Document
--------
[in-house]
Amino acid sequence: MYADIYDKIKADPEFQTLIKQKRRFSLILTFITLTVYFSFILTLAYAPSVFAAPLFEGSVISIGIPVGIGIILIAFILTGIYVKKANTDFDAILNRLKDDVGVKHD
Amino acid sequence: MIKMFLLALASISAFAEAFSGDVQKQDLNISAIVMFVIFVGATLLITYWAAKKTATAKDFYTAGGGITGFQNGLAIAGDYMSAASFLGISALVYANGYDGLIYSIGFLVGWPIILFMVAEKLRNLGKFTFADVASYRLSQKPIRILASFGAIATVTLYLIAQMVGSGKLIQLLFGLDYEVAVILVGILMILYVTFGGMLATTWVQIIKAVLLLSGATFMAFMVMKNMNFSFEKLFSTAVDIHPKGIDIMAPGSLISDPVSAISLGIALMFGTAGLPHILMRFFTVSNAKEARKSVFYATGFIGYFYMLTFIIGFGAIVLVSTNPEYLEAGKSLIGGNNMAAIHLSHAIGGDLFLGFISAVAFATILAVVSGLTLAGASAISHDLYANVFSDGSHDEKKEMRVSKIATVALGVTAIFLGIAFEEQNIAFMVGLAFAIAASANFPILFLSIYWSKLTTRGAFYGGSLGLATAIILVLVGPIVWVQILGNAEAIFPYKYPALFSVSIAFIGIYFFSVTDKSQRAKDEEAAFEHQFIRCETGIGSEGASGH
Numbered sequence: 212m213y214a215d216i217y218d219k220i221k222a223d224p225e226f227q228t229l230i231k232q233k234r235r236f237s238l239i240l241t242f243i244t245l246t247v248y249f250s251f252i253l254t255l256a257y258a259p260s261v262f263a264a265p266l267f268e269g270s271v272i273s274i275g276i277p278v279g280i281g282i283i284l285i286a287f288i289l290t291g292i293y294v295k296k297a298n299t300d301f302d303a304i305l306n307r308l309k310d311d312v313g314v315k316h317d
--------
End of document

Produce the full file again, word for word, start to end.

[in-house]
Amino acid sequence: MYADIYDKIKADPEFQTLIKQKRRFSLILTFITLTVYFSFILTLAYAPSVFAAPLFEGSVISIGIPVGIGIILIAFILTGIYVKKANTDFDAILNRLKDDVGVKHD
Amino acid sequence: MIKMFLLALASISAFAEAFSGDVQKQDLNISAIVMFVIFVGATLLITYWAAKKTATAKDFYTAGGGITGFQNGLAIAGDYMSAASFLGISALVYANGYDGLIYSIGFLVGWPIILFMVAEKLRNLGKFTFADVASYRLSQKPIRILASFGAIATVTLYLIAQMVGSGKLIQLLFGLDYEVAVILVGILMILYVTFGGMLATTWVQIIKAVLLLSGATFMAFMVMKNMNFSFEKLFSTAVDIHPKGIDIMAPGSLISDPVSAISLGIALMFGTAGLPHILMRFFTVSNAKEARKSVFYATGFIGYFYMLTFIIGFGAIVLVSTNPEYLEAGKSLIGGNNMAAIHLSHAIGGDLFLGFISAVAFATILAVVSGLTLAGASAISHDLYANVFSDGSHDEKKEMRVSKIATVALGVTAIFLGIAFEEQNIAFMVGLAFAIAASANFPILFLSIYWSKLTTRGAFYGGSLGLATAIILVLVGPIVWVQILGNAEAIFPYKYPALFSVSIAFIGIYFFSVTDKSQRAKDEEAAFEHQFIRCETGIGSEGASGH
Numbered sequence: 212m213y214a215d216i217y218d219k220i221k222a223d224p225e226f227q228t229l230i231k232q233k234r235r236f237s238l239i240l241t242f243i244t245l246t247v248y249f250s251f252i253l254t255l256a257y258a259p260s261v262f263a264a265p266l267f268e269g270s271v272i273s274i275g276i277p278v279g280i281g282i283i284l285i286a287f288i289l290t291g292i293y294v295k296k297a298n299t300d301f302d303a304i305l306n307r308l309k310d311d312v313g314v315k316h317d